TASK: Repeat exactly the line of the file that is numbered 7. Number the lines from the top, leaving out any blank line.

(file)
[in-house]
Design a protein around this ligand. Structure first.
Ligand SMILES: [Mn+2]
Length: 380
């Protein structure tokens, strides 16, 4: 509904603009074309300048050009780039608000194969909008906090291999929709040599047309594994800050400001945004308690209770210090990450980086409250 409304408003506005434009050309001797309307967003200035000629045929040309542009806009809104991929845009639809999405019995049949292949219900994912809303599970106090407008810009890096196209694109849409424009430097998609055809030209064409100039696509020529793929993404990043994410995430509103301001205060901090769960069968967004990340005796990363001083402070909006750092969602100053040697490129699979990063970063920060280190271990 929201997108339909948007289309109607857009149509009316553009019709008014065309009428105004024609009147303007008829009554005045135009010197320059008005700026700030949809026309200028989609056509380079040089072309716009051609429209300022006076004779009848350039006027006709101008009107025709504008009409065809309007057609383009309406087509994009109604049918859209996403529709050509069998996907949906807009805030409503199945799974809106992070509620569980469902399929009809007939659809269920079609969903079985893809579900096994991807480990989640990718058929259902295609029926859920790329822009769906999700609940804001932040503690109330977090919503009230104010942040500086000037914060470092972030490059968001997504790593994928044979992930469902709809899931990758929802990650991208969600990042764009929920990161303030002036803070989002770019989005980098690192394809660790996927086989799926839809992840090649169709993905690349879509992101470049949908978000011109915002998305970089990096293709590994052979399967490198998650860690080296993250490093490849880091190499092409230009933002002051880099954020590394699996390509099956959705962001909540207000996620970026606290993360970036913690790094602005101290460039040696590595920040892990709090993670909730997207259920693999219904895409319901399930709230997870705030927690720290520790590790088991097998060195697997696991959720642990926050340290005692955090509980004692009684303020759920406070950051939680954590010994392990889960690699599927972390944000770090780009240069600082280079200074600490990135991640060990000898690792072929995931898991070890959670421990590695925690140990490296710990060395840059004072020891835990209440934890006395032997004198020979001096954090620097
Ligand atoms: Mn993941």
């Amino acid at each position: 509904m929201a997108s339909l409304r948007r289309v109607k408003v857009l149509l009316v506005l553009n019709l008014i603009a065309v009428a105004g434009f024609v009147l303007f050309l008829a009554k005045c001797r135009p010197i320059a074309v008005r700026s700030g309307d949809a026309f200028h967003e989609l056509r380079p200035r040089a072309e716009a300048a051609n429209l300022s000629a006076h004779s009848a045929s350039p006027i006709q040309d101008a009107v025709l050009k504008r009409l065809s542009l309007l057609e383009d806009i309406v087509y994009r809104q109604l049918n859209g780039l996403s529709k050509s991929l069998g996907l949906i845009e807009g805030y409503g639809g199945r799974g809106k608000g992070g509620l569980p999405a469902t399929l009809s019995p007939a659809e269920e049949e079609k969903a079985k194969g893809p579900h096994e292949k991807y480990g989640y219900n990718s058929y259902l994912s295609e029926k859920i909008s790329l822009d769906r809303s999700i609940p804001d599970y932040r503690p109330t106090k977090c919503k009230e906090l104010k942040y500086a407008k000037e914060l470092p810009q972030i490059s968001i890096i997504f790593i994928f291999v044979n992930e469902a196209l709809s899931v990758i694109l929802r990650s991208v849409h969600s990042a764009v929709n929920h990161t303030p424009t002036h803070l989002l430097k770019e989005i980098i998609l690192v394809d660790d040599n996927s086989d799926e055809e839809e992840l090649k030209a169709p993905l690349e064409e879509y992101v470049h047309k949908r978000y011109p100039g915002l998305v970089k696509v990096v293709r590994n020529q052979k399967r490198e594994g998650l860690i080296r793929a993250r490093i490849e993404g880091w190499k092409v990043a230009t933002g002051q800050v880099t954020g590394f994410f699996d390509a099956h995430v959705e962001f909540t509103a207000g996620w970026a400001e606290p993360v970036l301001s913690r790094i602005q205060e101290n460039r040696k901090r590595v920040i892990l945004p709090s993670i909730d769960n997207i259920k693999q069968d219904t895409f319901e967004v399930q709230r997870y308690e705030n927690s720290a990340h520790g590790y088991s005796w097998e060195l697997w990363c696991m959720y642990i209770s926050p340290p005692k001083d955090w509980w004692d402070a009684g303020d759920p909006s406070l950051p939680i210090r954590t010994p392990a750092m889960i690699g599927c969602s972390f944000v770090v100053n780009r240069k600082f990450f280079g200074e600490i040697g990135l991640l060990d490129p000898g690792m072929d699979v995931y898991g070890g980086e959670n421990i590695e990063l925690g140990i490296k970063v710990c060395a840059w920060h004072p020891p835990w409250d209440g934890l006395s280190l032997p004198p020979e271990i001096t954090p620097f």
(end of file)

């Amino acid at each position: 509904m929201a997108s339909l409304r948007r289309v109607k408003v857009l149509l009316v506005l553009n019709l008014i603009a065309v009428a105004g434009f024609v009147l303007f050309l008829a009554k005045c001797r135009p010197i320059a074309v008005r700026s700030g309307d949809a026309f200028h967003e989609l056509r380079p200035r040089a072309e716009a300048a051609n429209l300022s000629a006076h004779s009848a045929s350039p006027i006709q040309d101008a009107v025709l050009k504008r009409l065809s542009l309007l057609e383009d806009i309406v087509y994009r809104q109604l049918n859209g780039l996403s529709k050509s991929l069998g996907l949906i845009e807009g805030y409503g639809g199945r799974g809106k608000g992070g509620l569980p999405a469902t399929l009809s019995p007939a659809e269920e049949e079609k969903a079985k194969g893809p579900h096994e292949k991807y480990g989640y219900n990718s058929y259902l994912s295609e029926k859920i909008s790329l822009d769906r809303s999700i609940p804001d599970y932040r503690p109330t106090k977090c919503k009230e906090l104010k942040y500086a407008k000037e914060l470092p810009q972030i490059s968001i890096i997504f790593i994928f291999v044979n992930e469902a196209l709809s899931v990758i694109l929802r990650s991208v849409h969600s990042a764009v929709n929920h990161t303030p424009t002036h803070l989002l430097k770019e989005i980098i998609l690192v394809d660790d040599n996927s086989d799926e055809e839809e992840l090649k030209a169709p993905l690349e064409e879509y992101v470049h047309k949908r978000y011109p100039g915002l998305v970089k696509v990096v293709r590994n020529q052979k399967r490198e594994g998650l860690i080296r793929a993250r490093i490849e993404g880091w190499k092409v990043a230009t933002g002051q800050v880099t954020g590394f994410f699996d390509a099956h995430v959705e962001f909540t509103a207000g996620w970026a400001e606290p993360v970036l301001s913690r790094i602005q205060e101290n460039r040696k901090r590595v920040i892990l945004p709090s993670i909730d769960n997207i259920k693999q069968d219904t895409f319901e967004v399930q709230r997870y308690e705030n927690s720290a990340h520790g590790y088991s005796w097998e060195l697997w990363c696991m959720y642990i209770s926050p340290p005692k001083d955090w509980w004692d402070a009684g303020d759920p909006s406070l950051p939680i210090r954590t010994p392990a750092m889960i690699g599927c969602s972390f944000v770090v100053n780009r240069k600082f990450f280079g200074e600490i040697g990135l991640l060990d490129p000898g690792m072929d699979v995931y898991g070890g980086e959670n421990i590695e990063l925690g140990i490296k970063v710990c060395a840059w920060h004072p020891p835990w409250d209440g934890l006395s280190l032997p004198p020979e271990i001096t954090p620097f």